When I am explaining my research on the behaviors of old companies to people I often remark that the secrets to corporate longevity aren't exactly what we teach students in business school. Not that what we teach is unimportant - leaders in the old companies need to understand the basics of good management the same as every other business leader. It's just that what sets these old companies apart - and what appears to have resulted in their ability to thrive over the long term when others have failed - isn't the focus of most business courses: Relationships.
When I meet with leaders of the "corporate century club" they readily identify with this factor (I was even told by one CEO that I didn't emphasize it enough in one of my papers). But when I present my findings to academic peers at professional conferences, this is the factor on which I receive the most push-back - they are skeptical and sometimes downright dismissive. When I show them the research results, they question my methodology. Prior to obtaining data from 100-year-old U.S. firms that confirmed this factor, the most common response was that the "relationship" factor was a cultural anomaly of Japanese firms. Why this resistance to accepting the fact that 100-year-old firms survive because of their relationships? Perhaps it's time to instill more psychology and social science into our business courses. Business, it appears, is not a purely quantitative science. Yes, it requires technical knowledge, but that has to be supplemented with an understanding of people and society.
When I talk about "relationships" I mean a firm's relationship with employees, customers, suppliers, local communities, and even the environment. In all these areas the old companies were significantly more likely to emphasize the importance of long-term relationships and to engage in behaviors that would build and maintain these relationships. In case studies it was apparent that the old companies cherish these long-term relationships in a way that often didn't make short-term financial sense: continuing to carry products in their offering that long-term customers wanted, even when they lost money on the sale; keeping employees on the payroll even when there isn't any work for them to do (one firm lent employees out to local non-profits when orders were down); working with long-term suppliers to help them learn new technologies so they could continue to be a business partner on a new venture; investing in local community enhancement projects that had no apparent short-term (or even long-term) return to the company; engaging in leading-edge environmental sustainability practices simply because they believed it was the right thing to do, not because they could prove a return on investment. How do we teach such things?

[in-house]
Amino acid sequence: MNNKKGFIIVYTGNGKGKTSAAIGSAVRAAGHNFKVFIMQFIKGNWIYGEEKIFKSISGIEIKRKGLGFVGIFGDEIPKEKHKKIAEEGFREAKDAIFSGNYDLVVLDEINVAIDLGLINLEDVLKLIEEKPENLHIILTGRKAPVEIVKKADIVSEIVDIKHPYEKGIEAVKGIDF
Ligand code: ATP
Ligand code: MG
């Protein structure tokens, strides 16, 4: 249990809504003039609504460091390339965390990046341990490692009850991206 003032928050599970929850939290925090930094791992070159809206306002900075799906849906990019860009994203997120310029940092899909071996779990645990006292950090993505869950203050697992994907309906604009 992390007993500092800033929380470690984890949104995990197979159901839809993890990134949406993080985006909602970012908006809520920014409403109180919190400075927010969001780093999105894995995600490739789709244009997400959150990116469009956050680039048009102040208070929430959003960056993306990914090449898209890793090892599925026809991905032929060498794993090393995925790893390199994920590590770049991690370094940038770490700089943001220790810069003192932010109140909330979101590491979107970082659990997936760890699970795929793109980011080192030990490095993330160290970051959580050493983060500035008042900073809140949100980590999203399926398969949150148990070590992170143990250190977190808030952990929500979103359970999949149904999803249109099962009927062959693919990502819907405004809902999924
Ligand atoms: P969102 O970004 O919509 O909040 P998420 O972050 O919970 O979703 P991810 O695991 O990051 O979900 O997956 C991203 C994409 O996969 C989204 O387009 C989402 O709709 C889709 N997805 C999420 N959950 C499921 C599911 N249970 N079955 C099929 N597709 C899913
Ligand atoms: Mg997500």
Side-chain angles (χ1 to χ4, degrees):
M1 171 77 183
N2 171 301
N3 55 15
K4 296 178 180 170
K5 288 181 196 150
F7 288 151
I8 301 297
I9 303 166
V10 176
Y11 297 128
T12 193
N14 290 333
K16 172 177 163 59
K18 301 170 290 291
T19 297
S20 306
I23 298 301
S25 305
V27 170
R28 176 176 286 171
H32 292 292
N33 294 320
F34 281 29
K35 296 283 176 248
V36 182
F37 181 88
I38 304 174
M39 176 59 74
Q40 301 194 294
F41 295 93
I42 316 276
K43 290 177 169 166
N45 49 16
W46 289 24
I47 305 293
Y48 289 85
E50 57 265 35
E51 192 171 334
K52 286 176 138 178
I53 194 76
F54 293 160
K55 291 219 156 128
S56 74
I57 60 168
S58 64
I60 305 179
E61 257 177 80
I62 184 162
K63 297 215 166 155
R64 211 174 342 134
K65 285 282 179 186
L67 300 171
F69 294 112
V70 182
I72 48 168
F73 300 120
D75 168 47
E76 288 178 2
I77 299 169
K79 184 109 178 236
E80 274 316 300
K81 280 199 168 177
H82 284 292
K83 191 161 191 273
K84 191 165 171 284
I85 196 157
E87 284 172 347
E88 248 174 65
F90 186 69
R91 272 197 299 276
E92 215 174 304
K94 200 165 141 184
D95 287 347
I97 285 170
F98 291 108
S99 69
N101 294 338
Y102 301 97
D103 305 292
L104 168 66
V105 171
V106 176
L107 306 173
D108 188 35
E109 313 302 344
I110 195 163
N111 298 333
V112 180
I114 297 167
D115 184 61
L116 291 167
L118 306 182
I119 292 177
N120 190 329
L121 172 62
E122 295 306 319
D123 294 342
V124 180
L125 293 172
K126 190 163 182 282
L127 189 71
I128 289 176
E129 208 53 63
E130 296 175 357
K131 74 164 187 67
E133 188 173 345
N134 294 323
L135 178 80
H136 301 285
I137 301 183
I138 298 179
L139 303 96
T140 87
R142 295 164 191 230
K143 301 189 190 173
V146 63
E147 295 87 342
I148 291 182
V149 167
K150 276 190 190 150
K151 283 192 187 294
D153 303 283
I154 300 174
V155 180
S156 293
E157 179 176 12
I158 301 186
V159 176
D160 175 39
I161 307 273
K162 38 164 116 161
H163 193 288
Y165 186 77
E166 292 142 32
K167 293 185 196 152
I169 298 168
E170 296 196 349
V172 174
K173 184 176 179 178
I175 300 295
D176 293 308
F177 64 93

It is my belief that leaders of these companies see themselves as stewards of the business who have been entrusted with protecting and building it for the next generation. (One likened his role to that of the servant in the parable of the talents). These companies also clearly see their firm as one player in a web of interconnected relationships that depend on each other to survive, through mutual learning and support. They have been practicing "stakeholder theory" long before it became a term for considering more than just the owners or investors when making business decisions. And they have proven the success of this approach through survival over a period of time when most of their competitors have long disappeared.